German police raided Deutsche Bank offices on Thursday, seeking evidence in a money laundering investigation into the practice of hiding money offshore to elude tax collectors and government regulators.
"Police officers and tax inspectors entered Deutsche Bank's headquarters in Frankfurt early Thursday morning and seized documents," NPR's Esme Nicholson reports from Berlin. "Prosecutors are investigating two employees of the bank who allegedly assisted customers in setting up offshore firms to avoid anti-money laundering safeguards when transferring money to accounts at Deutsche Bank."
Nicholson adds, "According to investigators, in 2016 alone, more than 900 Deutsche Bank customers were served by a subsidiary registered in the British Virgin Islands."
Those 900 customers did business totaling 311 million euros (about $350 million), the Frankfurt prosecutor's office said.
The search involved some 170 officers from the prosecutor's office, the tax investigation department and the federal police, said senior public prosecutor Nadja Niesen, in an email to NPR. She added that the search resulted in the seizure of "numerous business documents" in either electronic or paper form. There have been no arrests, Niesen said.
Deutsche Bank has been fined and criticized for its poor record of preventing money laundering. As Deutsche Welle reports, "In August, it confirmed that even after it was fined for helping Russian clients wash some $10 billion, its mechanisms to stop such criminal activity were still inefficient.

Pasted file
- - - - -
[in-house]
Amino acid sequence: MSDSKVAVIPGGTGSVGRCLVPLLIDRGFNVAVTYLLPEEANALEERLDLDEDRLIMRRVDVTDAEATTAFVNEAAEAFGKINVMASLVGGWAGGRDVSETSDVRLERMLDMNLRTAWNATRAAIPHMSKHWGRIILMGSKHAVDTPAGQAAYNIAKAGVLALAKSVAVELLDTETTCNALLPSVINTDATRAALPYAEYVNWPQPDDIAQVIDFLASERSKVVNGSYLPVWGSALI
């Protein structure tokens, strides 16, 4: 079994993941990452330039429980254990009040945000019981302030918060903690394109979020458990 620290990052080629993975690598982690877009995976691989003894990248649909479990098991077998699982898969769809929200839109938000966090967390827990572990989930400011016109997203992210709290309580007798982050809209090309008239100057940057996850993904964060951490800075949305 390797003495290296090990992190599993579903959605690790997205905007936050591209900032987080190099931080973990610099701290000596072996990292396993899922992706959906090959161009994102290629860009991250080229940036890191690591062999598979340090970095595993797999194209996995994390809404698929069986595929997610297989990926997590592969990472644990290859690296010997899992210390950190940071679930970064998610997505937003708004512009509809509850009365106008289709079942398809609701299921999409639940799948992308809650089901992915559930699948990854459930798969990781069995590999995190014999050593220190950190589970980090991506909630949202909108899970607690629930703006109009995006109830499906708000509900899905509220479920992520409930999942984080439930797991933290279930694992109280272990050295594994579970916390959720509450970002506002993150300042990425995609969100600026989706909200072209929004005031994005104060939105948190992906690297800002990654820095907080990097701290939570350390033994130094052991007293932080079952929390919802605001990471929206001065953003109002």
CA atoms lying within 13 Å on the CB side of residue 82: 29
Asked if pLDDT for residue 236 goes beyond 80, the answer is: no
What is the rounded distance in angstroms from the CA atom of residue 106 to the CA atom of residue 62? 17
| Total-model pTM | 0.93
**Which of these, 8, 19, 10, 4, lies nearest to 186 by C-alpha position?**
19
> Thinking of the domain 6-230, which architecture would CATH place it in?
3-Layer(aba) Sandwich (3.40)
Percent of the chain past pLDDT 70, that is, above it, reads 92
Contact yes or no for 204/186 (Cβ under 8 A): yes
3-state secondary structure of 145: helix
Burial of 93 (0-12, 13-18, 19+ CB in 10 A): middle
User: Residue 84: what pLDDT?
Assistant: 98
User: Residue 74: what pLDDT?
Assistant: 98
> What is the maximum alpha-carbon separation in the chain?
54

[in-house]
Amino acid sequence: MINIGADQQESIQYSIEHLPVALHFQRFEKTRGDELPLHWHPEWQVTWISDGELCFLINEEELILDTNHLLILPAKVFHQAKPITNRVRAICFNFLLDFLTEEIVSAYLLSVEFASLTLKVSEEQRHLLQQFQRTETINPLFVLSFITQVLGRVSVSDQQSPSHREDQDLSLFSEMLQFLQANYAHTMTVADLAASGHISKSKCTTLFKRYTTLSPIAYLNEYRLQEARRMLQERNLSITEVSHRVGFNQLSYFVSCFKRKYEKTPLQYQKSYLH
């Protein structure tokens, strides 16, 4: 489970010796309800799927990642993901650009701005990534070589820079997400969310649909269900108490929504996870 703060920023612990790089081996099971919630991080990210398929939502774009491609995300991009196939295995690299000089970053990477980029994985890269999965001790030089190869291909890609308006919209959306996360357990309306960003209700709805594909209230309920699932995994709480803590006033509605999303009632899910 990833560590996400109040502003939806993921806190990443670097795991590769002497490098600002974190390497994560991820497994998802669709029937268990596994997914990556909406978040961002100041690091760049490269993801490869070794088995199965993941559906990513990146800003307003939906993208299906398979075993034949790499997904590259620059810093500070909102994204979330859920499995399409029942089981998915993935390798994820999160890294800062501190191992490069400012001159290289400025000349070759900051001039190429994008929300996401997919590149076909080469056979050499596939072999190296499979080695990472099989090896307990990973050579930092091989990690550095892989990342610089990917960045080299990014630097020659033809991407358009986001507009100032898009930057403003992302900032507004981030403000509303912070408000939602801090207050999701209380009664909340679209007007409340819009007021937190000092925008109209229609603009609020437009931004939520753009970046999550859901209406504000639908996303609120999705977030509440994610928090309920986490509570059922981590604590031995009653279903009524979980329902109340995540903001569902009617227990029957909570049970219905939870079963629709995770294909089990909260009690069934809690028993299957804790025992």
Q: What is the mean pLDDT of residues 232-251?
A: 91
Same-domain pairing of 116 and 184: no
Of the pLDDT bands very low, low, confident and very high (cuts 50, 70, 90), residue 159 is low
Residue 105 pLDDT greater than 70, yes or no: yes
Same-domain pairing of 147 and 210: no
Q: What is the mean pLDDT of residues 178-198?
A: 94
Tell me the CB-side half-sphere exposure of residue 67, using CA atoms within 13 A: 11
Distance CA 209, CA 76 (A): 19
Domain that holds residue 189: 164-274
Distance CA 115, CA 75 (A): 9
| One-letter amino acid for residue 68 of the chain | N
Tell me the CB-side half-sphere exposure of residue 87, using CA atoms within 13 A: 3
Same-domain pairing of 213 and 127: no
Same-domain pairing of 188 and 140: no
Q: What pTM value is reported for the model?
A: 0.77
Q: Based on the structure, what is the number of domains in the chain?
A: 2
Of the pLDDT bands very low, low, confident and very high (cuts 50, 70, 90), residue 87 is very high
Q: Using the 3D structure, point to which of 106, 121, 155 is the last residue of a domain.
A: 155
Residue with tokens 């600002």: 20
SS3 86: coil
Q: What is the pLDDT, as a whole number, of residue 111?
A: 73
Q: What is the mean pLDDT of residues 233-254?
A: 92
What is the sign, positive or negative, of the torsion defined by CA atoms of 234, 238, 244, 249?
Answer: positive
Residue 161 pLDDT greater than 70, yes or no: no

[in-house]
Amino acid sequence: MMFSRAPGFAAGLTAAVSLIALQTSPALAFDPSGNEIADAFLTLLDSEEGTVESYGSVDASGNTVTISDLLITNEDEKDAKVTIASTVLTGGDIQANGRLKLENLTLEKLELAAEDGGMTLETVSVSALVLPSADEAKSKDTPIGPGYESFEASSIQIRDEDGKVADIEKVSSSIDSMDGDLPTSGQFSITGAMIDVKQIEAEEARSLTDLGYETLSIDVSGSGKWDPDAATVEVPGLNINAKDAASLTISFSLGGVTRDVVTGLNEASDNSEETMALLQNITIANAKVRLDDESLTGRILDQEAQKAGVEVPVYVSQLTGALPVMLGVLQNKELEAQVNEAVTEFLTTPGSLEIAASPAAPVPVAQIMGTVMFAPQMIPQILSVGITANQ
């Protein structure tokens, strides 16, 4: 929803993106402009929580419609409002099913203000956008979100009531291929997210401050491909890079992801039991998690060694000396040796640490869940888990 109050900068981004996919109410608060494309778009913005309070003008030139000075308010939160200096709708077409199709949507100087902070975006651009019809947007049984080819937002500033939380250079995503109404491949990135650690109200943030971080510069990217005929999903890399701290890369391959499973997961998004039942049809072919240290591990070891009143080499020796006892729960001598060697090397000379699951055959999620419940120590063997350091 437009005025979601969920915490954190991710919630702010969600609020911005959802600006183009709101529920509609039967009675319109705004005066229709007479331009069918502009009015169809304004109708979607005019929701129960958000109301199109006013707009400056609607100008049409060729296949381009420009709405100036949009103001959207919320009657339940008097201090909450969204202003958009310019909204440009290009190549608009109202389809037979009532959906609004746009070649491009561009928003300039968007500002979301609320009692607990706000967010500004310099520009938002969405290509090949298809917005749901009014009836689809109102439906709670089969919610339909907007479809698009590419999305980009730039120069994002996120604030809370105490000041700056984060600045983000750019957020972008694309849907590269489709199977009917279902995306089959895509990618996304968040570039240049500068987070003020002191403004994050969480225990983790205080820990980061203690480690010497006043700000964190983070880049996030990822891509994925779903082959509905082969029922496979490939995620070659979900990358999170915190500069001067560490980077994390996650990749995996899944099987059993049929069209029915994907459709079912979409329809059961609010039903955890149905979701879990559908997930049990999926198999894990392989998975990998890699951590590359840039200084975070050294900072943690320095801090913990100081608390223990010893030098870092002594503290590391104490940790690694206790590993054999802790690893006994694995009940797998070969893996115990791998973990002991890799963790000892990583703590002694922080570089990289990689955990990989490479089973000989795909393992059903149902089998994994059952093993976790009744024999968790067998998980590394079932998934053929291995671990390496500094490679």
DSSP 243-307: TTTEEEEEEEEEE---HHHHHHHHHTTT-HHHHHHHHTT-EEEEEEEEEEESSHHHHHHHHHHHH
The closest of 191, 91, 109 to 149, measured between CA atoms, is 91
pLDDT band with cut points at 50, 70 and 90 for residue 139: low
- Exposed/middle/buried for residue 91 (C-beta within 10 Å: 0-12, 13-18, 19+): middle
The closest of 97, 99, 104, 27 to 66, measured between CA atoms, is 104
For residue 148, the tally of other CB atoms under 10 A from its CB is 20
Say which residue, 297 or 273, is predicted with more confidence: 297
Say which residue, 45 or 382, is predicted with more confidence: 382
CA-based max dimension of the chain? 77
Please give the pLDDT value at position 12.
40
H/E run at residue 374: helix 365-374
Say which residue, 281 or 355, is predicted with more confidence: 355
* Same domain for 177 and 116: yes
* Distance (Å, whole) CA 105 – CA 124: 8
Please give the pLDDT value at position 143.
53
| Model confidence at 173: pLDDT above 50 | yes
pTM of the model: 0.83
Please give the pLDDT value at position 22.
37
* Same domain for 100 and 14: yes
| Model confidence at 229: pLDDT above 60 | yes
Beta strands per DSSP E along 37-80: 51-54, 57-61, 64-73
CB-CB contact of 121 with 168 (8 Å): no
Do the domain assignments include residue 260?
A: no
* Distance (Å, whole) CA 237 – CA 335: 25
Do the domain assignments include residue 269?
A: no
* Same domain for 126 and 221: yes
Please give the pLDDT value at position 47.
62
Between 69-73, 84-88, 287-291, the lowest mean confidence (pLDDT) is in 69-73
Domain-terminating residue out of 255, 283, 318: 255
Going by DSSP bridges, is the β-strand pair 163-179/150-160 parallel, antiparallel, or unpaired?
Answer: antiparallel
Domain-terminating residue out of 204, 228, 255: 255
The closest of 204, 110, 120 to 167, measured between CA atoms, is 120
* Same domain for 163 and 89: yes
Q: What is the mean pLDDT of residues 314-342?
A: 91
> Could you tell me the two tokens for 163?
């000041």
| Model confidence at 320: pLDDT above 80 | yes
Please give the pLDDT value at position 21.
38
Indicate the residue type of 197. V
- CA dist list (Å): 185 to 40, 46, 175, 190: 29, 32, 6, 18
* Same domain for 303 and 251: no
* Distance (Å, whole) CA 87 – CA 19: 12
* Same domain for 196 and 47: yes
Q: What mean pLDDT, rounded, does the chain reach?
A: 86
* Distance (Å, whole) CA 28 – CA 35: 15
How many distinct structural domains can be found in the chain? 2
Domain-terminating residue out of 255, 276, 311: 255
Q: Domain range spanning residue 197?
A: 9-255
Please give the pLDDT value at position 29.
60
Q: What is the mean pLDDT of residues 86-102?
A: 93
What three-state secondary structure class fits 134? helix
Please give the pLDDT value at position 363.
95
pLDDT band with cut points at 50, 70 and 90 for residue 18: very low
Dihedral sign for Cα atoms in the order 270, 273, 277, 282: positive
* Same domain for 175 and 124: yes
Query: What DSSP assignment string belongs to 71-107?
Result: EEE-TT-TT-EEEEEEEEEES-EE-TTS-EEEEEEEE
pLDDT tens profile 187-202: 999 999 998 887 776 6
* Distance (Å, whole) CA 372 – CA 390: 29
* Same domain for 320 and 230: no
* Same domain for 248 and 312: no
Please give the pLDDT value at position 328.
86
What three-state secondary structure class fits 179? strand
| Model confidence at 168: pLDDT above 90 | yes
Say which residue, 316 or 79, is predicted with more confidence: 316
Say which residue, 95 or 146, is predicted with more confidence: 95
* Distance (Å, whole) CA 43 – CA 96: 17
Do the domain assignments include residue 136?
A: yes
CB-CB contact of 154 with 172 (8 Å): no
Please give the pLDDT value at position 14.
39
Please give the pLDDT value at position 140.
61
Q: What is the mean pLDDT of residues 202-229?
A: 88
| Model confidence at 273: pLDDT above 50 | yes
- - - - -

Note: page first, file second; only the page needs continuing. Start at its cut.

In a brief statement, the bank confirmed the investigation taking place "at a number of our offices in Germany."
Without providing details about the inquiry, Deutsche Bank stated, "The investigation has to do with the Panama Papers case." It added, "We are cooperating fully with the authorities."
Later, the company said in an update, "As far as we are concerned, we have already provided the authorities with all the relevant information regarding Panama Papers."
Containing at least 2 terabytes of data, the Panama Papers — a trove of documents leaked from a Panamanian law firm — detailed how hundreds of people and businesses used offshore accounts to hide money, in a report that also named large banks such as HSBC and UBS in addition to Deutsche Bank.
In recent years, Deutsche Bank has been in the news not only for its prominence in the Panama Papers, but also for its ties to President Trump, in a tumultuous relationship that goes back some 20 years.
Trump and the bank once sued each other after he failed to repay a $300 million loan. And the author and reporter Luke Harding has described a "shuffle of money" between the bank's dealings with figures in Russia and its business with Trump.
In an interview with NPR's Fresh Air one year ago, Harding said, "While money from Deutsche Bank New York is going into the Trump Organization, Deutsche Bank in Moscow is at the center of a massive Russian money laundering operation involving about $10 billion" that allowed Russia's elites to take rubles out of Russia and convert them into dollars in the U.S.
Authorities in both the U.S. and U.K. have imposed heavy fines on Deutsche Bank for its practices involving Russian accounts, Harding said.
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